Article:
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Inside Bloom Leaving Academy General counsel served the profession for 14 years . . . . . . . . . . . . . PAGE 2 International opportunities Broaden your perspective by joining an IAA section . . . . . . . . . . PAGE 5 TRIEA and Beyond Next steps for terrorism insurance . . . PAGE 7 Principles-Based Webcast Academy hosts March 22 web seminar . . . . . . . . . . . . PAGE 10

PUNCHSTOCK

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the Senate took up asbestos litigation as the first major item on its 2006 agenda, the Academy’s Mass Torts Subcommittee released a timely new issue brief, Current Issues in Asbestos Litigation. Designed to inform public policy debate, the issue brief provides a concise overview of the current state of asbestos-related litigation and features a summary of available data sources and recent and proposed changes in the litigation environment, including a discussion of the current legislation under review in the Senate. The issue brief flags two concerns. Because the current asbestos litigation system is an inefficient mechanism for providing compensation to victims (a recent study by the Rand Institute for Civil Justice estimated that only 41 percent of total spending was reaching claimants as net compensation for exposurerelated illnesses), those who are sickest might not be compensated adequately. At the same time, the majority of claimants in recent years haven’t shown signs of impairment, which has led to stricter medical criteria HORTLY BEFORE

for bringing a claim in some forums. “Stricter medical criteria, combined with heightened scrutiny of potentially fraudulent claims, might lead to fewer mass settlements of pending claim inventories and will likely affect whether and how mass screening activities are conducted in the future,” said See ASBESTOS LITIGATION, Page 6

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Make Your Time Count

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and the Academy knows it. You need to maximize your continuing education (CE) investment without minimizing the content. In response to member suggestions, we’ve designed a leaner, more meaningful Academy Spring Meeting 2006 that should give you most of what you need, all in one jampacked day: policy insights from Washington insiders; concurrent sessions on cutting-edge issues in the life, health, casualty, and pension areas; and a chance to speak OUR TIME IS PRECIOUS,

Actuarial UPDATE

Recent Trends in Asbestos Litigation

A CTUARIES

your mind to the Actuarial Standards Board (ASB). Plus the annual Academy luncheon, including the presentation of the 2006 Robert J. Myers Public Service Award The meeting’s keynote speaker will be David Walker, comptroller general of the United States and head of the Government Accountability Office. Walker is a well-known expert on the sweeping demographic and economic changes that will result as the baby boom generation becomes a huge population of long-lived seniors. See SPRING MEETING, Page 4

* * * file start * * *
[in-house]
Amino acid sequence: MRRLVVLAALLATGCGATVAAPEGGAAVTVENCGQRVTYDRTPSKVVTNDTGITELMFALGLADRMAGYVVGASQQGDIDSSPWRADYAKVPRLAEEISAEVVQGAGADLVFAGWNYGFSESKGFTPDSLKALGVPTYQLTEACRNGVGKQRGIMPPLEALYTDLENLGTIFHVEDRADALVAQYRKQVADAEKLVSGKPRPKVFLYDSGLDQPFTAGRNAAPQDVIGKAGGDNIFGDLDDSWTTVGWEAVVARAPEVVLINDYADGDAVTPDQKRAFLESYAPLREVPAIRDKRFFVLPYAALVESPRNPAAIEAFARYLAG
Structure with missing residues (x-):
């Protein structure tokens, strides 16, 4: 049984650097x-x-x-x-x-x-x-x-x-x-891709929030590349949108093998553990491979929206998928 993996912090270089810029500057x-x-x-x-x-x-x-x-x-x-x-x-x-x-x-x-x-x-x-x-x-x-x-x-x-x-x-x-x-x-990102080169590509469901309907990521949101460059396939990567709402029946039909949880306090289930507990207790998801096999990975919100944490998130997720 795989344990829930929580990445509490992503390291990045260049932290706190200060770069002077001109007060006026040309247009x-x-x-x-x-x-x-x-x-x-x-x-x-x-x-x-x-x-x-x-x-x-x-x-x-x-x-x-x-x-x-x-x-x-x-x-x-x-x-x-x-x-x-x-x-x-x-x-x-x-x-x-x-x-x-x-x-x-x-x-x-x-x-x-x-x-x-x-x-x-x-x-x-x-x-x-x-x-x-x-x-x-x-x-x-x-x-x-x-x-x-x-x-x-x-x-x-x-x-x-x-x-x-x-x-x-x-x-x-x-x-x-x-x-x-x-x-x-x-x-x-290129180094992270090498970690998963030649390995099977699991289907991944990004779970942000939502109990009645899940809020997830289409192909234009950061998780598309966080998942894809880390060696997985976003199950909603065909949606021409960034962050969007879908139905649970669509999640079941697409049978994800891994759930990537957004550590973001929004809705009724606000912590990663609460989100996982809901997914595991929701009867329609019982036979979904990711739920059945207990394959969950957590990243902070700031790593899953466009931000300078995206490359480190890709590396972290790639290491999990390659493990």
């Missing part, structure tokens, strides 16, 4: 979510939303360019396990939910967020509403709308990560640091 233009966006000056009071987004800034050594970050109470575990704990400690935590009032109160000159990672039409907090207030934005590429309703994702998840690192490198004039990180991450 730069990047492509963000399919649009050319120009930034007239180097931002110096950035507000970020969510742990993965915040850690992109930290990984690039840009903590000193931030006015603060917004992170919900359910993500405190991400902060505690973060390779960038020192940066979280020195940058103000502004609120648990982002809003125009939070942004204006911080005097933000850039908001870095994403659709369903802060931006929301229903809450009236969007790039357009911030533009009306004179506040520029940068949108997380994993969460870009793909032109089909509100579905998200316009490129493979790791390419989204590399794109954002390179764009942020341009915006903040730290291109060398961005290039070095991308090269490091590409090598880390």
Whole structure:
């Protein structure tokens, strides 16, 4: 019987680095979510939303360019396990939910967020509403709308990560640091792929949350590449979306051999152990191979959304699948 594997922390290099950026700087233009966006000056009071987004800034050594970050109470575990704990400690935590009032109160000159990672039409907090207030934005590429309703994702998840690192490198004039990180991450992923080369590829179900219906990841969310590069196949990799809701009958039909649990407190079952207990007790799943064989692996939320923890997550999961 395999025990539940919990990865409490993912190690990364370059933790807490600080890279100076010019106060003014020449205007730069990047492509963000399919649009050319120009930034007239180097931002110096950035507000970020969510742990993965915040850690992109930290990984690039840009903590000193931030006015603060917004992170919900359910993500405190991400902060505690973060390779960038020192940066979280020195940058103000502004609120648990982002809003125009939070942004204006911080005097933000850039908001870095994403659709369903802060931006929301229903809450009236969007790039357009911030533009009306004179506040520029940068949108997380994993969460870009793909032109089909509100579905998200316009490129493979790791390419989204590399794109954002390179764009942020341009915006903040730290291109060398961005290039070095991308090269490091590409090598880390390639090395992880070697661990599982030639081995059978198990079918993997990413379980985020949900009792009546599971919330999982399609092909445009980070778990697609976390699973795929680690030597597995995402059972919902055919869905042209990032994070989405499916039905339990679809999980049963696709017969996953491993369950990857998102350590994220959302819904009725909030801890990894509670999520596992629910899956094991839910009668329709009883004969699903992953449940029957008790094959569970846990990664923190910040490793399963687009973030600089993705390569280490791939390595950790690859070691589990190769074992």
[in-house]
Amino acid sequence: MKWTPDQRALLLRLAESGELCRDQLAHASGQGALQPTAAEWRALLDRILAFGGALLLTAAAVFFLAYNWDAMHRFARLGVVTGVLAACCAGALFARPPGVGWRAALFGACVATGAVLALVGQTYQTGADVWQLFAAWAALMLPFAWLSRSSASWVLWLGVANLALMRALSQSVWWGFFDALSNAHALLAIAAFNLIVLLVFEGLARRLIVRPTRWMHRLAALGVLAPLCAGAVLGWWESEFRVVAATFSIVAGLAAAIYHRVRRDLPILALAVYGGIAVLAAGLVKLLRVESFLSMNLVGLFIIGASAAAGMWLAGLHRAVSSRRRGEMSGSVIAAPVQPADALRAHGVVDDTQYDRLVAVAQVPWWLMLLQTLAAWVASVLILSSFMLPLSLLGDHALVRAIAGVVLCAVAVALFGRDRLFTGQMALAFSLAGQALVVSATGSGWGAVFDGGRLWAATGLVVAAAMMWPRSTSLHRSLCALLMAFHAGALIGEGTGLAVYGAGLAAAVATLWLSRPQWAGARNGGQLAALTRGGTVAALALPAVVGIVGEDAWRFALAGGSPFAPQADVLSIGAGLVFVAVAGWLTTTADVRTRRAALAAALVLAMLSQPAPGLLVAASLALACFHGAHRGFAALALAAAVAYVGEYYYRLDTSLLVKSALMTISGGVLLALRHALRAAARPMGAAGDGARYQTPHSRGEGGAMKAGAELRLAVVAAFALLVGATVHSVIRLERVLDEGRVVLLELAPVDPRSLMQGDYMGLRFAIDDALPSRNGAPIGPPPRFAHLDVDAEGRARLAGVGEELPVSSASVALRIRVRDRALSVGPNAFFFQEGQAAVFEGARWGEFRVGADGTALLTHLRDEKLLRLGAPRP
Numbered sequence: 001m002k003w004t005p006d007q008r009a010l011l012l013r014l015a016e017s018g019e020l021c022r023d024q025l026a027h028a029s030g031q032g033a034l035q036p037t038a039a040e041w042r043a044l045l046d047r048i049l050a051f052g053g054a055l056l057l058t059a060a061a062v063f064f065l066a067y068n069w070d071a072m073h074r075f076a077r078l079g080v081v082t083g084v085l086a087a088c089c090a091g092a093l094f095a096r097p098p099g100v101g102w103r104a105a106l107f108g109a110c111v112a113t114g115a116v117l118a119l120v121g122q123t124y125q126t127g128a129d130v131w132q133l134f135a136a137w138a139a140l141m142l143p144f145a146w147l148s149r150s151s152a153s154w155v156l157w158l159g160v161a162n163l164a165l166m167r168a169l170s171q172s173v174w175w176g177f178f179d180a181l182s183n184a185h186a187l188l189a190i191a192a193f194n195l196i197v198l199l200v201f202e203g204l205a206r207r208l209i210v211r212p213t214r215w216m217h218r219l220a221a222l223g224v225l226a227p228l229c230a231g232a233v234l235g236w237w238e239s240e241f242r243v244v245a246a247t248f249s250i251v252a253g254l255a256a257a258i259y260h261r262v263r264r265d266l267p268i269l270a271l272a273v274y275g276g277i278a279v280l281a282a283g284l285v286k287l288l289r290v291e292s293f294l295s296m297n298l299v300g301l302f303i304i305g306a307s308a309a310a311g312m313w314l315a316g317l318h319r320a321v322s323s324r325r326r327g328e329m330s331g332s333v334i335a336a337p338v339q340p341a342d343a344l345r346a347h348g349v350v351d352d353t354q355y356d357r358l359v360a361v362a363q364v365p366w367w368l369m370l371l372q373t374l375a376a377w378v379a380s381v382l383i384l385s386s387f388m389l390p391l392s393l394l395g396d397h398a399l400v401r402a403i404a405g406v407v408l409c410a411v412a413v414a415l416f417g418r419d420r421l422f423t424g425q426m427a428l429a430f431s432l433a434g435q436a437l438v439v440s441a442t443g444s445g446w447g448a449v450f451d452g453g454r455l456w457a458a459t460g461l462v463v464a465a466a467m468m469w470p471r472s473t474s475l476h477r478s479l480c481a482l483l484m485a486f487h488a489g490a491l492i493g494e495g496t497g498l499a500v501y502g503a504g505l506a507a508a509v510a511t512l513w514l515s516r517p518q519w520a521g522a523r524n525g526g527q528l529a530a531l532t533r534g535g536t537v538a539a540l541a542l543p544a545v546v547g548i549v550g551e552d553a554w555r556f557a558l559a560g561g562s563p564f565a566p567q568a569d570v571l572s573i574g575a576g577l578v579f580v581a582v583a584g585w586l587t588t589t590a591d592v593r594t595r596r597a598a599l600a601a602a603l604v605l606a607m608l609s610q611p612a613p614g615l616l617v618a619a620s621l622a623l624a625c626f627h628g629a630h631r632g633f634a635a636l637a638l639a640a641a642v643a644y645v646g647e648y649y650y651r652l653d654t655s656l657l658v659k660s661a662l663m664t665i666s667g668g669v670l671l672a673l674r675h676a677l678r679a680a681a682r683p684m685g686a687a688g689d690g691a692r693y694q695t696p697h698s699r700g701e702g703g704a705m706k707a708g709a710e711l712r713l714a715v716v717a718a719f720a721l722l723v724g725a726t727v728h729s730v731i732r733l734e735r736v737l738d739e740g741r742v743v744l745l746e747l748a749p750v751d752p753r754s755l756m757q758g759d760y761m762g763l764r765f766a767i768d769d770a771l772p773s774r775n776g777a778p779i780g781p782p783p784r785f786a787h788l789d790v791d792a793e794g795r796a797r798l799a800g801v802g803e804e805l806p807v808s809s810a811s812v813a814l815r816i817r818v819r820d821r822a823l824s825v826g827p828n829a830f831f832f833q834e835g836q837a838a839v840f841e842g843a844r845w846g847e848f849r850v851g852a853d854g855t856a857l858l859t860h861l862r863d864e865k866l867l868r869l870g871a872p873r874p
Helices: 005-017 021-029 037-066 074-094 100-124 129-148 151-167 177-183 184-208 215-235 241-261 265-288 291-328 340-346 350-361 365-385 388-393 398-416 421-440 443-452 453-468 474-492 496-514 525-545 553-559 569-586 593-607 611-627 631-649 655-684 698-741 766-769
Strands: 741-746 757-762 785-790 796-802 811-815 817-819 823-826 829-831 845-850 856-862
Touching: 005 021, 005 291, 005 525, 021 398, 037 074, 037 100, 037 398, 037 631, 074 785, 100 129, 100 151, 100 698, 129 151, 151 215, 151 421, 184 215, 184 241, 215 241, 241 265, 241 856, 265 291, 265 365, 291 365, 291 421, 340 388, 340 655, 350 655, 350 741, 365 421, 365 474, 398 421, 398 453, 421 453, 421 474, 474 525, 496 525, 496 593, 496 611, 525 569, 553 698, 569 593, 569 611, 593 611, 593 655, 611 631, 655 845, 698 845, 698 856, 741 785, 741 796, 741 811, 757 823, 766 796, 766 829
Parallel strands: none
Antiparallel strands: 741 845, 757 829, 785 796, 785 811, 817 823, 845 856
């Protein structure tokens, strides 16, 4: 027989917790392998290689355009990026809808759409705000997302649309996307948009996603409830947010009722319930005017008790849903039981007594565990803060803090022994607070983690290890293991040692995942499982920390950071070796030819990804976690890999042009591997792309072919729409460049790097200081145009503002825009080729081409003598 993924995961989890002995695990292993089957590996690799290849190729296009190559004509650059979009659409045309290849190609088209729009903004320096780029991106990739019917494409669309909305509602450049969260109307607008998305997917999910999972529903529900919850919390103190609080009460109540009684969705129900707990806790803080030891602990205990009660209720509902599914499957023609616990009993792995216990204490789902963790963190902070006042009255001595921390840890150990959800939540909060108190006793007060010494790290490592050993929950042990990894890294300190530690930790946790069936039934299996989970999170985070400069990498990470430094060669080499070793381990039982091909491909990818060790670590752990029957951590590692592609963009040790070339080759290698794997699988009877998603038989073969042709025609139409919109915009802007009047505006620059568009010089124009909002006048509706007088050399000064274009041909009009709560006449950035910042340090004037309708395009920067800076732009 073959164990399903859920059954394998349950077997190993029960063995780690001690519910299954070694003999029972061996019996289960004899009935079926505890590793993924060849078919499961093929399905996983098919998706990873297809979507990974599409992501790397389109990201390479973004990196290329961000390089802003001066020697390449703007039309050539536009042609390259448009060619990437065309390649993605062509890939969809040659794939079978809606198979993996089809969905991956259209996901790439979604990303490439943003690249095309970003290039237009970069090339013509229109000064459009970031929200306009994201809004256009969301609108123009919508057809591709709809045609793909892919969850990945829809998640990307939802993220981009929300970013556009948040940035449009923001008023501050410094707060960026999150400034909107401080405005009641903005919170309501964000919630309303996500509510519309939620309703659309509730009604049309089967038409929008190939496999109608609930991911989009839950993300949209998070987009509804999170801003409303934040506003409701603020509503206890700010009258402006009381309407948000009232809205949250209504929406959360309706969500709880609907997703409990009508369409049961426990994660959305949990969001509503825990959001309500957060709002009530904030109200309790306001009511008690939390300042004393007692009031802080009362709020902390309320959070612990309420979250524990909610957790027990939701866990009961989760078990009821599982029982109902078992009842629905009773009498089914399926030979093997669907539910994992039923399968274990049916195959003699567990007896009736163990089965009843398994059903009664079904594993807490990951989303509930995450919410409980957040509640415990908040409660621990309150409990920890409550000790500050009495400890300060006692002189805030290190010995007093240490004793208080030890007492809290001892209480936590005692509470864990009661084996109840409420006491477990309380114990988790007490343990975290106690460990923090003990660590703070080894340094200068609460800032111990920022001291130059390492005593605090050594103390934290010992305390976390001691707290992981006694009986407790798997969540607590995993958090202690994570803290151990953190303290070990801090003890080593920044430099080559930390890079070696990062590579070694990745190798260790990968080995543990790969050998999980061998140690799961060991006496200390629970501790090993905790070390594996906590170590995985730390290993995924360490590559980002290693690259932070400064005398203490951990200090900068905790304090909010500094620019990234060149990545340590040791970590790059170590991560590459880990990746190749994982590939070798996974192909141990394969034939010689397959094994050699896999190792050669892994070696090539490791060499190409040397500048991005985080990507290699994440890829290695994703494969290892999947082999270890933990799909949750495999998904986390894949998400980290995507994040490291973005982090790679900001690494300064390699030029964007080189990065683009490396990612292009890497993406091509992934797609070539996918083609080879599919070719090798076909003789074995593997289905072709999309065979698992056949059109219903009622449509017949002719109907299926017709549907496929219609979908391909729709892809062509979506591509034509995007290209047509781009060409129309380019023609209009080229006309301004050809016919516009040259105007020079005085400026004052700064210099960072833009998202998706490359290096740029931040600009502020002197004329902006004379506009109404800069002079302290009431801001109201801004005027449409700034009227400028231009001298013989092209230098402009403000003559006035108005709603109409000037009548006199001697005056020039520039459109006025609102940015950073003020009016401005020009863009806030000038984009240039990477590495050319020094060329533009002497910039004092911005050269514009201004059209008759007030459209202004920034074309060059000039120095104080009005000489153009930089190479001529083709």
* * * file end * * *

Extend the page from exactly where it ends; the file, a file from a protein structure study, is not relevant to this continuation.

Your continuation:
Calendar

Academy NEWS Briefs

MARCH 1 ASB meeting, Orlando, Fla. 1 Academy Life Practice Council meeting, Orlando. Fla.

Bloom Leaving Academy

2-3 NAIC Life and Health Actuarial Task Force meeting, Orlando, Fla.

4-7 NAIC spring meeting, Orlando, Fla. 9-10 Academy Health Practice Council Capitol Hill visits, Washington

10 Academy Federal Health Committee meeting, Washington

10 Academy P/C Extreme Events Committee meeting, Chicago

10 Academy Life Reserves Work Group meeting, Chicago

10-11 Global Conference of Actuaries, Mumbai, India

13-14 CAS ratemaking seminar, Salt Lake City 15 Academy Retirement Security Principles Task Force meeting, Washington

16 Academy Life Financial Reporting Committee meeting, Washington

17-18 CRUSAP task force meeting, Washington

20-21 SOA Investment Actuary Symposium, New York

22 Academy webcast on principles-based approaches

26 Professional standards seminar (Academy, CCA), Washington

27-29 Enrolled Actuaries Meeting, Washington

29 Small firms roundtable (Academy, CCA), Washington

29-30 Medicare Part D update (Academy, CCA), Washington

29-30 Pension reform symposium (Academy, CCA), Washington

APRIL 3 Academy Capitol Hill briefing on Social Security, Washington

L

AUREN BLOOM, the Academy’s long-

time general counsel and director of professionalism, has accepted a position as general counsel at the Navy Mutual Aid Association, a fraternal life insurance organization for members of the Navy, Marines, Coast Guard, National Oceanic and Atmospheric Administration, and U.S. Public Health Service. Bloom, who came to the Academy in 1992, will be leaving in mid-March. “Lauren is not only well versed in the law but is also intelligent, thought-provoking, articulate, personable, and tolerant of actuaries,” said former Academy President Jack Turnquist, who has worked with Bloom on a number of projects over the years. “Her contributions have far exceeded those of merely providing appropriate legal counsel. She will be sorely missed.” “Lauren’s knowledge level and her background and understanding of the Academy’s goals have been invaluable,” agreed Geoff Sandler, the Academy’s vice president for professionalism issues. “In addition to her work inside the Academy, she has been a frequent speaker at actuarial clubs and meetings, spreading the gospel of professionalism far and wide. I can’t say enough good things about her.” When she came to the Academy to be its

third (and first woman) general counsel (the director of professionalism role was added later), Bloom was just six years out of law school. She expected to stay at the Academy only two to three years and ended up staying 14. During that time, Bloom said, she witnessed tremendous growth in the Academy and the profession, including a huge expansion of professionalism initiatives (such as the establishment of the Actuarial Board for Counseling and Discipline) and continuing growth in the importance of international efforts. As the Academy’s general counsel, Bloom was also the de facto general counsel for the North American actuarial profession, providing ongoing legal advice and assistance to the Academy’s sister organizations through what is now the North American Actuarial Council (formerly the Council of Presidents). Her proudest moment? Working on the American profession’s response to Sir Derek Morris about questions relating to the Morris Commission’s review of the British actuarial profession. “It was exciting to tell the story of U.S. professionalism,” Bloom said. “The dedication that the profession has to public service is exceptional. And members of the profession are so ethical they made it easy for me to do my job.”